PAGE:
Mediation is a voluntary process of negotiation that involves a neutral third party to help facilitate conversation. The purpose of the dialogue is create open communication between the parties in dispute so that a mutually satisfying resolution is reached. The mediator does not represent either person nor do they make a decision on any of the issues. What a mediator does is empower individuals to make decisions and come to agreements that are most beneficial to their family.
Mediation can work well in a number of areas of law, but its benefits in family law are distinct. Here’s why:
- Litigation can be a costly process financially, emotionally and otherwise. This is even more so when the children are involved. Mediation and collaborative family law processes preserve relationships within the family so that people can move on with dignity and integrity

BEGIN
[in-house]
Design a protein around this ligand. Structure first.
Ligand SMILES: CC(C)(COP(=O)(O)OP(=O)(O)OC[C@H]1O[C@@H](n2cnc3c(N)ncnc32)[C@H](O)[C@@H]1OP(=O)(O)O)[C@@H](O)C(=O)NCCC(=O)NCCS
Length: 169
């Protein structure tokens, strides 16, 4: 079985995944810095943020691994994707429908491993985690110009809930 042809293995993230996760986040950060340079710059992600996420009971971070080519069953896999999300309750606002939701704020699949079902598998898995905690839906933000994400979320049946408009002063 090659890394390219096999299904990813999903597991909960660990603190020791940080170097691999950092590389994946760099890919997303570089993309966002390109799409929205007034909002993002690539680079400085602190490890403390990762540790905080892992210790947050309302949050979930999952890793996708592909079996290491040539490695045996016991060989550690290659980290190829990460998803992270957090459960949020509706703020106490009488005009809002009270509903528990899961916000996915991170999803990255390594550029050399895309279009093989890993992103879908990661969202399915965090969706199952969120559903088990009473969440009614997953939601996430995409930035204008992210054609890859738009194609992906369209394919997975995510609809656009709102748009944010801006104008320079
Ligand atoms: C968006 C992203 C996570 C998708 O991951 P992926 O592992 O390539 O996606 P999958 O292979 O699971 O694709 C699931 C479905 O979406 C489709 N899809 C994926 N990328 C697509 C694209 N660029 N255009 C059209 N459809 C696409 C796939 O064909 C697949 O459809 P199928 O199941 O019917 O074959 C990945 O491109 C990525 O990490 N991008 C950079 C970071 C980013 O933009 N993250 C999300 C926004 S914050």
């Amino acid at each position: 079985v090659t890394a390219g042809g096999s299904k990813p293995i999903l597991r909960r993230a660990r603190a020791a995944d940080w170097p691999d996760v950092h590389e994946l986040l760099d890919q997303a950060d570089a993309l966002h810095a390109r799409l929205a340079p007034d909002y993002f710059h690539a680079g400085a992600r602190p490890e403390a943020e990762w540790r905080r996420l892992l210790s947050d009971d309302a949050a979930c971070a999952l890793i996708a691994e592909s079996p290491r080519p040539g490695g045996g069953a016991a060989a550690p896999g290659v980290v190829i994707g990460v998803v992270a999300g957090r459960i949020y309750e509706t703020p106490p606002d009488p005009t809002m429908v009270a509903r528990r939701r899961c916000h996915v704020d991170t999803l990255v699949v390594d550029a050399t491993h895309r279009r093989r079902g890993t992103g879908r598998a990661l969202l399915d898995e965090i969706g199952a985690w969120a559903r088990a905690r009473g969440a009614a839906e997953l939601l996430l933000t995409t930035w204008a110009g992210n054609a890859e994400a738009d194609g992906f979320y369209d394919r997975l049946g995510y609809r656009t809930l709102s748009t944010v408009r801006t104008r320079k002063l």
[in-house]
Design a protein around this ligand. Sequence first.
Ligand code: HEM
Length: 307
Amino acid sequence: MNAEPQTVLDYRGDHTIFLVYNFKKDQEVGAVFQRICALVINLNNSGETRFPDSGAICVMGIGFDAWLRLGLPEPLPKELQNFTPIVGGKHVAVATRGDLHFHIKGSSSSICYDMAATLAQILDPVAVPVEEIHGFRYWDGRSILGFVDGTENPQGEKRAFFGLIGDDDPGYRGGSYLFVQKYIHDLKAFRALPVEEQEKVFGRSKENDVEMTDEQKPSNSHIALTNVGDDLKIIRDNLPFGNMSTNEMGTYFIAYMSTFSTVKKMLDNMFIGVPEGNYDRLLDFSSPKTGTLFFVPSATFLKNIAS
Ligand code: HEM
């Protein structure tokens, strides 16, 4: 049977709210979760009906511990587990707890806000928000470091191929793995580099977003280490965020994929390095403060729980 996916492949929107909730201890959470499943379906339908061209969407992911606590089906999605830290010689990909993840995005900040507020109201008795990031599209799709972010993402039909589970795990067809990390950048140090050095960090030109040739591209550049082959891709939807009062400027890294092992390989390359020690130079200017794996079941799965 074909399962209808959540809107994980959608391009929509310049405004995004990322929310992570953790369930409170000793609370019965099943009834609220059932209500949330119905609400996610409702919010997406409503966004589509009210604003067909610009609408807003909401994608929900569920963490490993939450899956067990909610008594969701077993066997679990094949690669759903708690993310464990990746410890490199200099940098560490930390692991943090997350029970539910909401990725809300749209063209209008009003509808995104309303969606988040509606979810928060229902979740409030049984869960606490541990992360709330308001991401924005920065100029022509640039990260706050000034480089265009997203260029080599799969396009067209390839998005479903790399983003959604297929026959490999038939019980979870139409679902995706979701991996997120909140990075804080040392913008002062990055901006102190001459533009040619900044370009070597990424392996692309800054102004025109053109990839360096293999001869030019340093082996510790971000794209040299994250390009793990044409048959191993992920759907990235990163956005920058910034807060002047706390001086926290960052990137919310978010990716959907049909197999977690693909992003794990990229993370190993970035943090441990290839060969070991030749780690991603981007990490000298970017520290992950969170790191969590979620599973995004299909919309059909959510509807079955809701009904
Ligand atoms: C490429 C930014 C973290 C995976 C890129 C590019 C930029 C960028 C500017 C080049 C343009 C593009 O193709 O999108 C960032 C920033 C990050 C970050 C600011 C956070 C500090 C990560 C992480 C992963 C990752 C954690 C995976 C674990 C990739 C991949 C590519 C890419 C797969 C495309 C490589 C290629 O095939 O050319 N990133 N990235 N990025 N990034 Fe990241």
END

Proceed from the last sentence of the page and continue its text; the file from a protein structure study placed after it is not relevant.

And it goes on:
- Mediation can be more time effective and also more cost effective
- The process is customized to fit the needs of the parties
- The process is confidential
What’s the difference between collaborative family law and mediation?
The process of collaborative family law generally begins early in the process of separation. However, a couple in divorce can turn to mediation at any point during a traditional process. Bear in mind though that the more time that has elapsed before this process is introduced, the more likely it is for damage to be done.
Parties in collaborative law are always represented by counsel. In mediation, it is possible for couples to use mediation without being represented, but it’s generally not recommended.
So what’s right for you? Get in touch and let’s discuss your options today.